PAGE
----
Thursday, 30 June 2016

Stashbusting linen project (pt.1)

When I dug out my Salme #113 playsuit pattern, I also found that I had bought another Salme pattern.
A rather nice top with a peplum and key hole cutouts front and back. I remember reading somewhere that peplums are flattering to the slightly uncurvy figure (of which I have plenty), and I suspect that's why I bought it in the first place.

I've made kind of a silent pledge to use patterns, and when possible, fabrics that are already in my stash. Just to keep costs down, and also keep the hoard down (and make room for new fabric, of course). I am happy to report that nothing new was purchased for this project, and it all started with the top.

I initially meant for this to be just a muslin of the Salme peplum top. I found two pieces of light blue linen in my stash that I bought out of a remnant bin. The weave is quite loose, and the fabric is a medium weight, but very soft. I really liked the colour, so if all turned out well, I could see myself wearing it. In some happy twist of events, I also found a piece of silvery grey acetate lining, and a plan started forming in my mind.

The top sewed up great. The instructions were very good, much better than for the playsuit luckily. But it was hard to check the top for fit during construction.  You need to sew the lining to the bodice early in the process, and you won't be able to really try it on until the zipper is in. And for that to happen, you need to attach the peplum piece too, as the zipper is in the side seam, and halfway down the peplum.
The top was a good fit over the shoulders and bust, but baggy below the bust. So, I had to take it apart again to make adjustments. The main issues were the bust darts (and the bodice length). I had fabric pooling on each side under the bust. I noticed that the dart needed to be taken in in the lower half only, so the excess would be taken up in the dart. It did wonders for the bagginess. I also took in a little bit more in the back darts, to tighten it up a bit.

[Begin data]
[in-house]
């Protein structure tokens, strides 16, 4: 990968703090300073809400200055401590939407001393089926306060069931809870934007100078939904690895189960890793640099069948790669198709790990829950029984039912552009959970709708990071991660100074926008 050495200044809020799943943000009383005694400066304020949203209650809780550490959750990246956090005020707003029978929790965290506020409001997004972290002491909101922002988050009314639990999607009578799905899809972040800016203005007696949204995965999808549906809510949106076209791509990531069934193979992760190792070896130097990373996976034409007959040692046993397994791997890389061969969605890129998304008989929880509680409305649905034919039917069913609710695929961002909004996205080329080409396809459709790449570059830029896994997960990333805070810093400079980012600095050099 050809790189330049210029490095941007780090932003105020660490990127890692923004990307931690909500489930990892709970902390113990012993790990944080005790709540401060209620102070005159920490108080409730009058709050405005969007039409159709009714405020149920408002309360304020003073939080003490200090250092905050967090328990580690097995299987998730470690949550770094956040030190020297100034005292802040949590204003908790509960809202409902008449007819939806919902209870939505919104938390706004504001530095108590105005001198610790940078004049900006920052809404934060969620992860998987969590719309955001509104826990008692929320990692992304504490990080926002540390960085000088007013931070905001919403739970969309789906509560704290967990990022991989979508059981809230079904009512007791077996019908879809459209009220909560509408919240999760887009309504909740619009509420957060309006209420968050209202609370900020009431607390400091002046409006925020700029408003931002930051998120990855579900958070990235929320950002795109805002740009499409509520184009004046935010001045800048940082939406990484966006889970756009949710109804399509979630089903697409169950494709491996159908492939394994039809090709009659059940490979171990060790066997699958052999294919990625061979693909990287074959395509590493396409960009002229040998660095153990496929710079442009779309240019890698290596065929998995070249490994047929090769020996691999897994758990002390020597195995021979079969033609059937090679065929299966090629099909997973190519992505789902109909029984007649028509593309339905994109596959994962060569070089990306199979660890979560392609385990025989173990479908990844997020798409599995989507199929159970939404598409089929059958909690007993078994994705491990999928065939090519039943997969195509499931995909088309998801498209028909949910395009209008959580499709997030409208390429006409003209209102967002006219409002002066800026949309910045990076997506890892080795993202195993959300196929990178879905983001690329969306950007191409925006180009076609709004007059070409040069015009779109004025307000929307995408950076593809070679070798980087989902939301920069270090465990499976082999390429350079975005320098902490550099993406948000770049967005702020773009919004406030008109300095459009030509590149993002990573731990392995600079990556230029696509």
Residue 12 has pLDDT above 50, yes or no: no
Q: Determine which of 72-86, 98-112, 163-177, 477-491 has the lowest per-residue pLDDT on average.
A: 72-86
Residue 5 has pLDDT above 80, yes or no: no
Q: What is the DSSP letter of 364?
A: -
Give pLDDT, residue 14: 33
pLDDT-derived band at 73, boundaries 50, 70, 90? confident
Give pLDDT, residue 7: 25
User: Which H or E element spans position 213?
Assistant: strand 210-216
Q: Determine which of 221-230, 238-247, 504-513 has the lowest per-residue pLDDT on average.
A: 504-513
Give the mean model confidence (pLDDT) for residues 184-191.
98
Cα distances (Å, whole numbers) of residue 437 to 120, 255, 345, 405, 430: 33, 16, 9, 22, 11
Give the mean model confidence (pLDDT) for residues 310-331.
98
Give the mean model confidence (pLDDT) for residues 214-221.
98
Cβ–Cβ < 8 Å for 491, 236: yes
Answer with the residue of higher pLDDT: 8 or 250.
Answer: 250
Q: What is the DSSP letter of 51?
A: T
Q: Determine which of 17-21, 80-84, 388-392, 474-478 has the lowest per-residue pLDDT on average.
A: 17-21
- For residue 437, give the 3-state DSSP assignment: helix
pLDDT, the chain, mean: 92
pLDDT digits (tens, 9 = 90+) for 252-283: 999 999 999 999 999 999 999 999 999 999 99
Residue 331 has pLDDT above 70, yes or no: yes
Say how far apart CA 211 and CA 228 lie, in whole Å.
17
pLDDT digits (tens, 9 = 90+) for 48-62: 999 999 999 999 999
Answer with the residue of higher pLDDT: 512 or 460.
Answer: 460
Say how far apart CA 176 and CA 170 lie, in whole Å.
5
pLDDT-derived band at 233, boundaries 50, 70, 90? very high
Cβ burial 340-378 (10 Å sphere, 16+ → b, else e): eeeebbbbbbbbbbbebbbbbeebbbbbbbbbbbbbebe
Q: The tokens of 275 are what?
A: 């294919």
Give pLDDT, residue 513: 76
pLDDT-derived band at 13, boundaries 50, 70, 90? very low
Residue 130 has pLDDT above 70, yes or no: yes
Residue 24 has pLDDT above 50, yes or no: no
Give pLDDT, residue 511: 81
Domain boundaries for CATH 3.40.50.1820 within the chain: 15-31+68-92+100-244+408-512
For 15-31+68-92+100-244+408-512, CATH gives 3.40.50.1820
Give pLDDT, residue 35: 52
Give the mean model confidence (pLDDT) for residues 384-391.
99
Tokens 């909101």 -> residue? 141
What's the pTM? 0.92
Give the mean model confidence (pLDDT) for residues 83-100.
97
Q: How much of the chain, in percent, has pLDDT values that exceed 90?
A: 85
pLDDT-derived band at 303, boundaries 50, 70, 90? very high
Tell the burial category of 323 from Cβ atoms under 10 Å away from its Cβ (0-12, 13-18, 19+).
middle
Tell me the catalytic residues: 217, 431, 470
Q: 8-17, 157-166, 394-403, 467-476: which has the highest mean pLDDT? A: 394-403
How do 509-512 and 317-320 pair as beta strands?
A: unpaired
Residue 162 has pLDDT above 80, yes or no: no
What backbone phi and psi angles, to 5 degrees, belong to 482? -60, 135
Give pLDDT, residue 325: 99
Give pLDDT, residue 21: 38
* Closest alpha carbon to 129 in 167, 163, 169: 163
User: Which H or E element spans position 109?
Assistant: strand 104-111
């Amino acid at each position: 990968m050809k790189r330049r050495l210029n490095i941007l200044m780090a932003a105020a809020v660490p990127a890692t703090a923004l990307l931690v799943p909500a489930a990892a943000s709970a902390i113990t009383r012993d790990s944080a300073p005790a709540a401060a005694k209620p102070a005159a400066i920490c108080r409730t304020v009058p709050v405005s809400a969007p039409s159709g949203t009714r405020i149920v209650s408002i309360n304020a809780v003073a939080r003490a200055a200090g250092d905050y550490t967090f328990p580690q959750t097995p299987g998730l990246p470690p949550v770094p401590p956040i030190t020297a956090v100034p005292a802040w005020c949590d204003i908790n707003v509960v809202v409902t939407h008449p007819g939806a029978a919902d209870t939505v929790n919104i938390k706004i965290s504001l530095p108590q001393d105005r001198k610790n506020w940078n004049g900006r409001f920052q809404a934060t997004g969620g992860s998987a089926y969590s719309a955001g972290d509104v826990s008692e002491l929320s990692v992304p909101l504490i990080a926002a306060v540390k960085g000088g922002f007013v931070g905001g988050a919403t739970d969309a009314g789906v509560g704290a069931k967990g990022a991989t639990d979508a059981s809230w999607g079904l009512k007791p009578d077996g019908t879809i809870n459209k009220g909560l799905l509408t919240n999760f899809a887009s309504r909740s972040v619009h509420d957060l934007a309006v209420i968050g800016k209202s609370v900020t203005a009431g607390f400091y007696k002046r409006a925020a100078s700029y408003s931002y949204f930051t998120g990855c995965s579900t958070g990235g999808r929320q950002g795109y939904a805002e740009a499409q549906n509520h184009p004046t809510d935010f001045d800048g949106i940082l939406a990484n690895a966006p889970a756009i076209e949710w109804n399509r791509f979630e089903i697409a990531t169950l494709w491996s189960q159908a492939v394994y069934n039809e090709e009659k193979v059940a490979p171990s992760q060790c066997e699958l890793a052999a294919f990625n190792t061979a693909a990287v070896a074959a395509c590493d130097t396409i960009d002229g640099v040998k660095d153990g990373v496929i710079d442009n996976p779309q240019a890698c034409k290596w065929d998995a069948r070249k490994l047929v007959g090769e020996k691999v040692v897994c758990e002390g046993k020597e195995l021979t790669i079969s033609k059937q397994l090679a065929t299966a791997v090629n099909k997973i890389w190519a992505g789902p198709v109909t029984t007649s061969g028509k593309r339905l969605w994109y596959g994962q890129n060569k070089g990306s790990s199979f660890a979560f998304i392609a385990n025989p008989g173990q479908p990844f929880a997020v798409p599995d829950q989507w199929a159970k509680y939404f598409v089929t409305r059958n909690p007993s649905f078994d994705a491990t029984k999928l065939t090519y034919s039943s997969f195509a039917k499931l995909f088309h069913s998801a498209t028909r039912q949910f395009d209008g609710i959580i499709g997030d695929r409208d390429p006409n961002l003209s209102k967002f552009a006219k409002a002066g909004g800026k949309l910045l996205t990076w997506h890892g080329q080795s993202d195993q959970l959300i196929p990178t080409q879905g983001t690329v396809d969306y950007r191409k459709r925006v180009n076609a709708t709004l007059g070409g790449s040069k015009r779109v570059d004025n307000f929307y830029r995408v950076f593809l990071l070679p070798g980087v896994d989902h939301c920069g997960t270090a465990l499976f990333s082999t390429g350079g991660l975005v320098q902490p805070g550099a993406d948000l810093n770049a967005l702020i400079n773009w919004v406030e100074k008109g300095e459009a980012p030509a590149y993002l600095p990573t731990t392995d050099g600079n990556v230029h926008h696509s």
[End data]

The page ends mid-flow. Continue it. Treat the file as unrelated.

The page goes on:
This is the top before adjusting (sorry, bad phone pics)
On the front sides you can see that extra fabric pooling from the bust, and actually folding at the side seam.
In the back, the bodice is too long, causing wrinkles.

The fabric caused a bit of a problem, because it "grows" when handled and ironed too much. I made some wide legged trousers out of the same quality, and that has now got "knee-bags" in it. And a saggy butt. The top really needs lining, but during all the adjusting and unpicking, it had no support and it was hard not to stretch it. It would have benefited to be underlined, but I didn't want it to be too heavy. It was alright, as long as it was handled with care. (Top tip (and note to self!); when dealing with fabric that wants to warp and stretch, it helps to press, not iron.)

I noticed that with a peplum it is very important that the waist seam sits exactly at the natural waist, or the bodice will bunch up if it is too long. I attached my peplum twice before I found the sweet spot, and I also learnt that I'm rather short waisted! Fitting clothing is quite enlightening, and I think it is very interesting to see the huge differences small adjustments make.

Now, there is one thing I didn't like about the pattern, the peplum piece is not lined. This peplum is basically a very short full circle skirt, and we all know what it's like to hem a full circle. If the pieces were lined, you would have a clean finish on the (whole) inside, plus have the hemming sorted in one swoop. I didn't have enough lining fabric anyway, but If I make this top again the peplum will be lined.

I hemmed the peplum with bias binding,
and did the same for the skirt.

The cutout in the bodice is supposed to be closed by a stitch in the corner.
But I like it open, because you can flip down the tips, and have a collar of sorts.
We'll see what I end up doing

A little press and some minor finishing left!

When the top was all done, I still had a decent  piece of linen left. Was it enough for a skirt? Why, yes it was! The thought of a whole linen outfit was tantalising!

The pattern is part of  McCalls #7608 from the 1960s, a suit with a blouse. I decided to use the straight skirt, as it matched my waist size, so hopefully not too much redrafting. It also features a kick pleat in the back. (I also MUST make the jacket from this pattern, it looks great!)

Sadly, there was not enough of the silvery lining left, but I knew the skirt absolutely had to have support, so I went with underlining. You basically cut your skirt pieces in fashion fabric and another lining fabric, baste the edges together and treat them as one piece for the rest of the construction. The seam allowances need to be finished with this technique, and I went for binding them with bias strips of leftover acetate lining. The underlining is very fine cotton batiste, densely woven and ultra light.

When I stitched it up and tried it on it was very frumpy. Comfortable, yes, but oh so frumpy! I shaved off about one inch on both hips, and lightly pegged the skirt, so that it tapers in towards the hem. In all, I narrowed it 8" on the total width, so quite a lot!

There's only some handstitching to do on the skirt hem, and top lining. I also need to attach a hook and eye closure for the skirt and finish the zipper end. But other than that, I am just waiting for the sun to shine, so I can get pictures for the "big reveal"!


  1. I love the finishes you have used. Can't wait to see the finished result!

  2. Gosh that's a beautiful top! I'm excited to see the finished result too!